Every Friday during Lent we pray the Stations of the Cross publically in church at 4:15 P.M. This devotion began in Jerusalem many centuries ago when Christians began walking the path that was thought to be the one Jesus walked on Good Friday as he moved from being condemned to death by Pilate, travelled the streets where he met Cyrus of Cyrene, the weeping Women, and the Blessed Mother, fell several times and then arrived at Golgotha to be crucified. Even though many of us may never get to Jerusalem to trace the steps of Jesus, we can walk with Him as we move from station to station in church, meditating on his sufferings, death and burial for our salvation.


You are most welcome to join others each Lenten Friday afternoon to make this journey; you may either stay in one pew or join us as we physically move around the church. I remind you that on these Lenten Fridays Benediction of the Blessed Sacrament will take place shortly after 4:00 P.M. so that we can begin the Stations on time at 4:15.



Healing: Everyone Needs It


We invite you to participate in our five-part Lenten Lecture Series entitled, “Healing: Everyone Needs It,” which will take place on Tuesdays March 12 through April 9, in the St. Clare Auditorium from 12:10-12:50. This is a vital discussion of the many forms of healing that exist and how we might better open ourselves to each one of them, not only during the Season of Lent but also throughout our lives. Who among us does not feel a need for some kind of healing that will seemingly make us feel better and more complete? We sometimes suffer from disease, from everyday aches and pains, from hurts either from the past or the present, from disappointments and unresolved issues in our lives. These Tuesday sessions do not guarantee that all these will  disappear immediately, but what you learn may allow you to continue on a path of wholeness that will be extremely beneficial.


Please consult the notice on page 7 of this bulletin for a more detailed description of these sessions or on the bulletin board in the church lobby. We hope many people will be able to take advantage of this unique opportunity during Lent.




The Little Sisters of the Poor invite young women in vocational discernment to join them for a weekend service trip among the elderly poor. This experience from 6:00 PM on Friday, March 22, until 2:00 PM on Sunday, March 24, is open to single Catholic women ages 18-35 who are considering a vocation to the consecrated religious life. There is no cost to participate; meals and accommodations will be provided. Register at [email protected] or 773-484-8444. The registration deadline is March 18th.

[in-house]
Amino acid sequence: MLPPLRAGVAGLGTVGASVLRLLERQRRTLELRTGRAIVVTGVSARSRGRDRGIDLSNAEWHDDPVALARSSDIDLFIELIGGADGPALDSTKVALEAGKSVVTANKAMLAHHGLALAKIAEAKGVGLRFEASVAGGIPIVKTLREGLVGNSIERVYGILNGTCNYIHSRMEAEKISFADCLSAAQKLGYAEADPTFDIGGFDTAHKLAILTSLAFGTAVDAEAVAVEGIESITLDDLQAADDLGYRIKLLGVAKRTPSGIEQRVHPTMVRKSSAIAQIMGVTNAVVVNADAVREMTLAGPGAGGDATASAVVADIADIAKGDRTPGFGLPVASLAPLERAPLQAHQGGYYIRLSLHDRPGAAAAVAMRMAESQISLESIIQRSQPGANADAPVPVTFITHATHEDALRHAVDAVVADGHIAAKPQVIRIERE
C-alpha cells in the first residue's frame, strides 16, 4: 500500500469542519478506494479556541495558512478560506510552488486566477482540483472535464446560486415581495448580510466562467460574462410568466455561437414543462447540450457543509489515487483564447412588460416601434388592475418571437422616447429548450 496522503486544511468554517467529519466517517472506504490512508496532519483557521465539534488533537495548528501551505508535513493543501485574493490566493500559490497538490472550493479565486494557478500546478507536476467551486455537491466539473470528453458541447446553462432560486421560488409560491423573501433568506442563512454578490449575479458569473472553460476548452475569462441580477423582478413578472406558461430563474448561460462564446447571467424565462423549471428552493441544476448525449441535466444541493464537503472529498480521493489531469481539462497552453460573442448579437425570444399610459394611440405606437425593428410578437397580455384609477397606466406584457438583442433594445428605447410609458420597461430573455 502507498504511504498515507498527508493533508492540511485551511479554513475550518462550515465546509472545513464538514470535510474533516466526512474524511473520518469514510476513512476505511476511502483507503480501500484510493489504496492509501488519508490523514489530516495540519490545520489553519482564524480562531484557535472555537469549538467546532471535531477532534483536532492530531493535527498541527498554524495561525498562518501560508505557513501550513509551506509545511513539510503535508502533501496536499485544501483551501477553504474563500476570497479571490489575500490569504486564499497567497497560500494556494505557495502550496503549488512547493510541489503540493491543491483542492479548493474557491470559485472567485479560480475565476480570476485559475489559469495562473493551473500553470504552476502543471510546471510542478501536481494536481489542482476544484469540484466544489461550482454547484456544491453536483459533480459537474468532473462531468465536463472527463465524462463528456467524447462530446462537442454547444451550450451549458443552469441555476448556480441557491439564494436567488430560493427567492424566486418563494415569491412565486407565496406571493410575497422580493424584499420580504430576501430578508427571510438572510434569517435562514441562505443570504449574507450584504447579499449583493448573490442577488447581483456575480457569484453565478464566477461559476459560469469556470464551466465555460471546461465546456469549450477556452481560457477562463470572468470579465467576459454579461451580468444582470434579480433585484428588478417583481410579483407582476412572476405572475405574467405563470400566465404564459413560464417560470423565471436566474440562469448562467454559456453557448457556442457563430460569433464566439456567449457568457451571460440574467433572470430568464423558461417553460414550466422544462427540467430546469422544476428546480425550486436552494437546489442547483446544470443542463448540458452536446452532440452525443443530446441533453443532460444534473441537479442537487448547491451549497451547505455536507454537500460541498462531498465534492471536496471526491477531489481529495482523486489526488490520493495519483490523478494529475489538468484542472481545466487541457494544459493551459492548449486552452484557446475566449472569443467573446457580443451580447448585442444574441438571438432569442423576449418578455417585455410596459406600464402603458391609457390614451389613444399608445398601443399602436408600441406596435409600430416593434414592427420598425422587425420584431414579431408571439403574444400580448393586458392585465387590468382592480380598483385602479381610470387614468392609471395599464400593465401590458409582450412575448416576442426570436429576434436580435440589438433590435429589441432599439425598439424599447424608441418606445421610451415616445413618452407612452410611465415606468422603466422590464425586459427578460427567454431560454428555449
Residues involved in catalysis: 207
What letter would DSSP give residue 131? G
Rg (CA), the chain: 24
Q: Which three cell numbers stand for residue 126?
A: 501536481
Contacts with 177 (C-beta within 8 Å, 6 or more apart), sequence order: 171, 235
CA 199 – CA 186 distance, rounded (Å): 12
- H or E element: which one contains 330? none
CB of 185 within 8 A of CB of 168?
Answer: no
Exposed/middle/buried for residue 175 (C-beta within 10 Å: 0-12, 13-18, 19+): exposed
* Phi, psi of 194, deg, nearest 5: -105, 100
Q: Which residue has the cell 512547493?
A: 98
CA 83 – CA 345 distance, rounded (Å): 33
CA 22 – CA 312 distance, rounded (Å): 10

We remind you that Daylight Saving Time goes into effect this year at 2:00 A.M. today, Sunday, March 10. Be sure to set your clock ahead one hour before you go to bed on Saturday so that you will be able to arrive on time for Sunday Mass. All too often we hear people asking us something like, “Father, when did you change the Mass times?” The answer: “We didn’t change the Mass times; the government changed the time throughout the United States.” I happen to be a fan of the longer hours of daylight in the evening, so I welcome the change. It also becomes a great reminder that spring, warmer weather, and baseball season are just around the corner.




A boy was assigned a paper on childbirth, so he asked his mother, “How was I born?


“Well, honey,” said the slightly prudish mother, “the stork brought you to us.”


“Oh,” said the boy. “And how did you and Daddy get born?”


“Oh, the stork brought us too.”


“Well, how were Grandpa and Grandma born?” the boy persisted.


“Well, darling, the stork brought them too!” said the mother, by now starting to squirm a little.


Several days later, the boy handed his paper to the teacher, who read with confusion the opening sentence. “This report has been very difficult to write due to the fact that there hasn’t been a natural childbirth in my family for three generations.”